Mene Pangalos, executive vice president of biopharmaceutical research and development for AstraZeneca , a British-Swedish multinational pharmaceutical and biopharmaceutical company, said that a vaccine for coronavirus could be available "anytime from September".
Preliminary findings from the Phase 1/2 trials of the University of Oxford's vaccine candidates show encouraging results. Tune in to the Explained podcast to find out . "This vaccine is meant to induce both, so it can attack the virus when it's circulating in the body, as well as attacking infected cells". According to the report , the experimental vaccine known as AZD1222 tested over 1,000 people in April.
The AZD1222 vaccine has been adapted from a common cold virus found in chimpanzees, with spike glycoprotein, a genetic material from the new coronavirus, added to it. Before a vaccine can be approved for mass production and global distribution, it has to go through three stages, sometimes four, of clinical trials in humans.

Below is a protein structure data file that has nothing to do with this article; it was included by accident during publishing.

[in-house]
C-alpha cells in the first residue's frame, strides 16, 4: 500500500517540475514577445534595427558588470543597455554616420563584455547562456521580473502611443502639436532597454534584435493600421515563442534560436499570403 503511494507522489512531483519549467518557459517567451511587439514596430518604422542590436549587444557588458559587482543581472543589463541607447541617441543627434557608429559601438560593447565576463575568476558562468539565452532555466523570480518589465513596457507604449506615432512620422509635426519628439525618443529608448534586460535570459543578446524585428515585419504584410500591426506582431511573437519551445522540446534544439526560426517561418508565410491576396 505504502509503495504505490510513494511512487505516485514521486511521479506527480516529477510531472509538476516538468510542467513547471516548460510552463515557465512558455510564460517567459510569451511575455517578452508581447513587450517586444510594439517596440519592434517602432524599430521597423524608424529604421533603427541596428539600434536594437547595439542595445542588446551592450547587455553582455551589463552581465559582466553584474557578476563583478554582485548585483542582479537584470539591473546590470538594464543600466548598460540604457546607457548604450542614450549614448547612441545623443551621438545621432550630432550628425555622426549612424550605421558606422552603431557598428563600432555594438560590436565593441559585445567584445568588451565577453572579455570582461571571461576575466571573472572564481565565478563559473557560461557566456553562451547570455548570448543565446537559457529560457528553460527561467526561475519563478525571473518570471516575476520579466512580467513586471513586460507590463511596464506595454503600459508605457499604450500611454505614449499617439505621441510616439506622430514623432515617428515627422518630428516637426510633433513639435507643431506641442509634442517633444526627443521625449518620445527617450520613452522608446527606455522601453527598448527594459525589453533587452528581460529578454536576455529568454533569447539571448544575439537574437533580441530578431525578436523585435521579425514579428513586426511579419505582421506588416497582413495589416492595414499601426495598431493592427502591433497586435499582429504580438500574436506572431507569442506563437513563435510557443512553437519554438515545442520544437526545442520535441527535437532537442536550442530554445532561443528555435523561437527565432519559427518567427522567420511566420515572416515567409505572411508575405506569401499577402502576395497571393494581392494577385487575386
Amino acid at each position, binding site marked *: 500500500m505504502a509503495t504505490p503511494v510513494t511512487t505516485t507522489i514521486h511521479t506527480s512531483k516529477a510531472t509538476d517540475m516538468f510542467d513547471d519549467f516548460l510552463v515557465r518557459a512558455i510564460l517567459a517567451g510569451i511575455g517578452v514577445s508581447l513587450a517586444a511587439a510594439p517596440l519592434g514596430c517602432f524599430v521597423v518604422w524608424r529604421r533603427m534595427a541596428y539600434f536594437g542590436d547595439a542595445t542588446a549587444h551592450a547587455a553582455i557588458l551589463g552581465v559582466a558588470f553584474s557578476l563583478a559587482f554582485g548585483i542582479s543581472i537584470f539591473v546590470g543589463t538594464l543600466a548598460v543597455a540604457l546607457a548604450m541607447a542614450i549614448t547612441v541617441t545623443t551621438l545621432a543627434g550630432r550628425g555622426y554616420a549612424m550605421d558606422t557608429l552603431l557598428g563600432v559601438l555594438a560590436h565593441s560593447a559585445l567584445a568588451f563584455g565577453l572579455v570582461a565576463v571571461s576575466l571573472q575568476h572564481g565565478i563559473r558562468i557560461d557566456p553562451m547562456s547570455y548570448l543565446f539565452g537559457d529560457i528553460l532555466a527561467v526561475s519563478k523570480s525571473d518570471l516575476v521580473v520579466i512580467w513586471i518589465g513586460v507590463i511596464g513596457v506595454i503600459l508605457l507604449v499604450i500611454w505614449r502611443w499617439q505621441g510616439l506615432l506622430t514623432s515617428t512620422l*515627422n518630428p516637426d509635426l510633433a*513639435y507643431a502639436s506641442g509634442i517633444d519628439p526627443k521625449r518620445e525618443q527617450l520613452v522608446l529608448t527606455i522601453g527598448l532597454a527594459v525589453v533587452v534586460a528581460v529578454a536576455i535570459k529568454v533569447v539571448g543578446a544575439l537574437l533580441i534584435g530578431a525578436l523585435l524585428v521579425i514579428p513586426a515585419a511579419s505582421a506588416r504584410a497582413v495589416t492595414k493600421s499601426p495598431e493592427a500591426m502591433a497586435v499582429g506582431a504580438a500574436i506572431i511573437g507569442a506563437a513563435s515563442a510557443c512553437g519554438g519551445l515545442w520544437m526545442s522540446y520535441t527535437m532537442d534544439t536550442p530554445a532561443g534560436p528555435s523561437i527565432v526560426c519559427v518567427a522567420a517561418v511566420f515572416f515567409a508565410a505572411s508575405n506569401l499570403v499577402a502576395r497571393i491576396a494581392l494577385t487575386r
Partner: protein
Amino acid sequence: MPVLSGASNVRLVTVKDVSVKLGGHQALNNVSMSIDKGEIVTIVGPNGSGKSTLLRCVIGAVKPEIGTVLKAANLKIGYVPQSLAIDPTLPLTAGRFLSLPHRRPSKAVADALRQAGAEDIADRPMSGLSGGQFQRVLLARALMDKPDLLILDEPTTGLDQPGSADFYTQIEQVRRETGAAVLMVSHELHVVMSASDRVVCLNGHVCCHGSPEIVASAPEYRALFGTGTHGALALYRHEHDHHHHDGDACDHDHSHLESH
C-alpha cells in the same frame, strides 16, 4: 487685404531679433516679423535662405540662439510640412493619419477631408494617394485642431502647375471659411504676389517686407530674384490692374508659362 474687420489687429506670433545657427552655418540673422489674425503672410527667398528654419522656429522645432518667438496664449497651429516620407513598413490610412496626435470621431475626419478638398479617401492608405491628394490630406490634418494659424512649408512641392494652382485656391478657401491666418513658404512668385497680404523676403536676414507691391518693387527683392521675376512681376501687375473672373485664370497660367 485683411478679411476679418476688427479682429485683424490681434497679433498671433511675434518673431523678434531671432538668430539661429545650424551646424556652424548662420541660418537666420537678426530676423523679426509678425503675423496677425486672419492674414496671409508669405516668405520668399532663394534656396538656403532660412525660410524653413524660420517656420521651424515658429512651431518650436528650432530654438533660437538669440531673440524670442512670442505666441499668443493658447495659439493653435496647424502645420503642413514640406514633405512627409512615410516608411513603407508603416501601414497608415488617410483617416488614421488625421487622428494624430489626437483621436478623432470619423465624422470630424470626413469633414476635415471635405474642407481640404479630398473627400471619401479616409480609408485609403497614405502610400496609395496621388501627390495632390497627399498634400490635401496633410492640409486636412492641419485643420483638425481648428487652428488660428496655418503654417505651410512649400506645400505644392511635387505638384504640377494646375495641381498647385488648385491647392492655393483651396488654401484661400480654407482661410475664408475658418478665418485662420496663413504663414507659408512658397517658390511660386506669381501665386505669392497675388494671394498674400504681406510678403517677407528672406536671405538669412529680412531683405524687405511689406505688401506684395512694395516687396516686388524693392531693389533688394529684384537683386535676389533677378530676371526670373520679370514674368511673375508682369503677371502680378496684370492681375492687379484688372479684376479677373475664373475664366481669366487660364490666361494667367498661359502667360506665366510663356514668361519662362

The scientists of Oxford had targeted a million doses of the vaccine by the end of September. "We do welcome the study and congratulate our colleagues at the Oxford University's General Institute and the Oxford Vaccine Group", said WHO's Health Emergencies Program Executive Director, Michael Ryan.
The participants either received the new COVID-19 vaccine (543 participants) or the meningococcal conjugate vaccine (534 people). Nucleic acid vaccines have emerged as ideal vaccine candidates that do not require pathogen culture or recombinant protein production.
Though younger children are less likely to spread COVID-19, they still transmit the disease at about 50% of the rate as adults. The latest coronavirus (COVID-19) numbers from Texas and LA County suggest mild weakness in the pandemic figures compared to the recent high statistics.